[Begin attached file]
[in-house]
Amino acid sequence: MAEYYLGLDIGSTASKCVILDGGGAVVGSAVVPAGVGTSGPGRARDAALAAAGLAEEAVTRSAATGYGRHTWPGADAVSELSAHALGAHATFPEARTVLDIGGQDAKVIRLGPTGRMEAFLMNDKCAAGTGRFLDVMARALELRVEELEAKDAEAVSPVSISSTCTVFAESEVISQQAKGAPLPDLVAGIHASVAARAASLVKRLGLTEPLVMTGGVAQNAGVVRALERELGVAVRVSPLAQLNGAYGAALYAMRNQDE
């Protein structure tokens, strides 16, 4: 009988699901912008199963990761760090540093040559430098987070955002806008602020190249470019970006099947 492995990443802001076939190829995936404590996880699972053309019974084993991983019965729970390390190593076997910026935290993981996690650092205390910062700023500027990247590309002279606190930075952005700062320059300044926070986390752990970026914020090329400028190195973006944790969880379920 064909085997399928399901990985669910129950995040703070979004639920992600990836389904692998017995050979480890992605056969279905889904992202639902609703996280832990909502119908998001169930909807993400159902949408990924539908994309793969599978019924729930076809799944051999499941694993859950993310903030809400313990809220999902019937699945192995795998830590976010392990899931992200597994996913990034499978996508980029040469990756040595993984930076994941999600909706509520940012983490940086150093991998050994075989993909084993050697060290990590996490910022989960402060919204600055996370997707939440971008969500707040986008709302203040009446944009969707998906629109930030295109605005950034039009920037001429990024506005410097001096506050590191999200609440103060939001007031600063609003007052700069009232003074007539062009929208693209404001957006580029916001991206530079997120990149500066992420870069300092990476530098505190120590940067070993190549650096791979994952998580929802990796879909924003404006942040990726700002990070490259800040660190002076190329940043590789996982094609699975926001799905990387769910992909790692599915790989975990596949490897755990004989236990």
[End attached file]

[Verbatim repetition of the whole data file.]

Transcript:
[in-house]
Amino acid sequence: MAEYYLGLDIGSTASKCVILDGGGAVVGSAVVPAGVGTSGPGRARDAALAAAGLAEEAVTRSAATGYGRHTWPGADAVSELSAHALGAHATFPEARTVLDIGGQDAKVIRLGPTGRMEAFLMNDKCAAGTGRFLDVMARALELRVEELEAKDAEAVSPVSISSTCTVFAESEVISQQAKGAPLPDLVAGIHASVAARAASLVKRLGLTEPLVMTGGVAQNAGVVRALERELGVAVRVSPLAQLNGAYGAALYAMRNQDE
């Protein structure tokens, strides 16, 4: 009988699901912008199963990761760090540093040559430098987070955002806008602020190249470019970006099947 492995990443802001076939190829995936404590996880699972053309019974084993991983019965729970390390190593076997910026935290993981996690650092205390910062700023500027990247590309002279606190930075952005700062320059300044926070986390752990970026914020090329400028190195973006944790969880379920 064909085997399928399901990985669910129950995040703070979004639920992600990836389904692998017995050979480890992605056969279905889904992202639902609703996280832990909502119908998001169930909807993400159902949408990924539908994309793969599978019924729930076809799944051999499941694993859950993310903030809400313990809220999902019937699945192995795998830590976010392990899931992200597994996913990034499978996508980029040469990756040595993984930076994941999600909706509520940012983490940086150093991998050994075989993909084993050697060290990590996490910022989960402060919204600055996370997707939440971008969500707040986008709302203040009446944009969707998906629109930030295109605005950034039009920037001429990024506005410097001096506050590191999200609440103060939001007031600063609003007052700069009232003074007539062009929208693209404001957006580029916001991206530079997120990149500066992420870069300092990476530098505190120590940067070993190549650096791979994952998580929802990796879909924003404006942040990726700002990070490259800040660190002076190329940043590789996982094609699975926001799905990387769910992909790692599915790989975990596949490897755990004989236990």